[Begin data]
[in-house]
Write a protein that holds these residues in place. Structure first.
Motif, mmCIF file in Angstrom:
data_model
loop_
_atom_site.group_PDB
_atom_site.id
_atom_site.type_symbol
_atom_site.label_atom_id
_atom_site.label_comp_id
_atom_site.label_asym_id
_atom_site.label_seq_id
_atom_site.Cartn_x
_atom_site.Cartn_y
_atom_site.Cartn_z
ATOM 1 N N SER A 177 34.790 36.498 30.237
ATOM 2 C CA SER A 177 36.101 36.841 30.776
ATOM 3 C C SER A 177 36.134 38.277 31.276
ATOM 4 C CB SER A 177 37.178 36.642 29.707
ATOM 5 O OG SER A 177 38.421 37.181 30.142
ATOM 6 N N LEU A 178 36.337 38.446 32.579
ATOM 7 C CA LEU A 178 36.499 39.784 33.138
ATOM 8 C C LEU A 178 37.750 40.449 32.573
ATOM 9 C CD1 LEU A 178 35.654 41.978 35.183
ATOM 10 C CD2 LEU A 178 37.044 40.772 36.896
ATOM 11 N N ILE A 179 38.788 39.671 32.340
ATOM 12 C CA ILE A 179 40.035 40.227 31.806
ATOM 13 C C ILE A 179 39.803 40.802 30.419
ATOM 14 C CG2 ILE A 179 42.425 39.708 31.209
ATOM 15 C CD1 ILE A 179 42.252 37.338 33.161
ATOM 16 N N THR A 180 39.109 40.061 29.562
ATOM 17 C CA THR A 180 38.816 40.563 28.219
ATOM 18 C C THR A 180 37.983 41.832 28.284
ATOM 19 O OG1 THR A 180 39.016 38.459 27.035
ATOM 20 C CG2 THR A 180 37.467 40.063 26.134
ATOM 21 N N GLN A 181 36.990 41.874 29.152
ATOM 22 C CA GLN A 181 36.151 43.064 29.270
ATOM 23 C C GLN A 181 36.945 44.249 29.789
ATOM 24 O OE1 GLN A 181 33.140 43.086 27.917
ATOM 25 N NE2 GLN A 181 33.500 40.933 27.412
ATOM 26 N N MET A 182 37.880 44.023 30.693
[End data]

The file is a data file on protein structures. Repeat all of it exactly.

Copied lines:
[in-house]
Write a protein that holds these residues in place. Structure first.
Motif, mmCIF file in Angstrom:
data_model
loop_
_atom_site.group_PDB
_atom_site.id
_atom_site.type_symbol
_atom_site.label_atom_id
_atom_site.label_comp_id
_atom_site.label_asym_id
_atom_site.label_seq_id
_atom_site.Cartn_x
_atom_site.Cartn_y
_atom_site.Cartn_z
ATOM 1 N N SER A 177 34.790 36.498 30.237
ATOM 2 C CA SER A 177 36.101 36.841 30.776
ATOM 3 C C SER A 177 36.134 38.277 31.276
ATOM 4 C CB SER A 177 37.178 36.642 29.707
ATOM 5 O OG SER A 177 38.421 37.181 30.142
ATOM 6 N N LEU A 178 36.337 38.446 32.579
ATOM 7 C CA LEU A 178 36.499 39.784 33.138
ATOM 8 C C LEU A 178 37.750 40.449 32.573
ATOM 9 C CD1 LEU A 178 35.654 41.978 35.183
ATOM 10 C CD2 LEU A 178 37.044 40.772 36.896
ATOM 11 N N ILE A 179 38.788 39.671 32.340
ATOM 12 C CA ILE A 179 40.035 40.227 31.806
ATOM 13 C C ILE A 179 39.803 40.802 30.419
ATOM 14 C CG2 ILE A 179 42.425 39.708 31.209
ATOM 15 C CD1 ILE A 179 42.252 37.338 33.161
ATOM 16 N N THR A 180 39.109 40.061 29.562
ATOM 17 C CA THR A 180 38.816 40.563 28.219
ATOM 18 C C THR A 180 37.983 41.832 28.284
ATOM 19 O OG1 THR A 180 39.016 38.459 27.035
ATOM 20 C CG2 THR A 180 37.467 40.063 26.134
ATOM 21 N N GLN A 181 36.990 41.874 29.152
ATOM 22 C CA GLN A 181 36.151 43.064 29.270
ATOM 23 C C GLN A 181 36.945 44.249 29.789
ATOM 24 O OE1 GLN A 181 33.140 43.086 27.917
ATOM 25 N NE2 GLN A 181 33.500 40.933 27.412
ATOM 26 N N MET A 182 37.880 44.023 30.693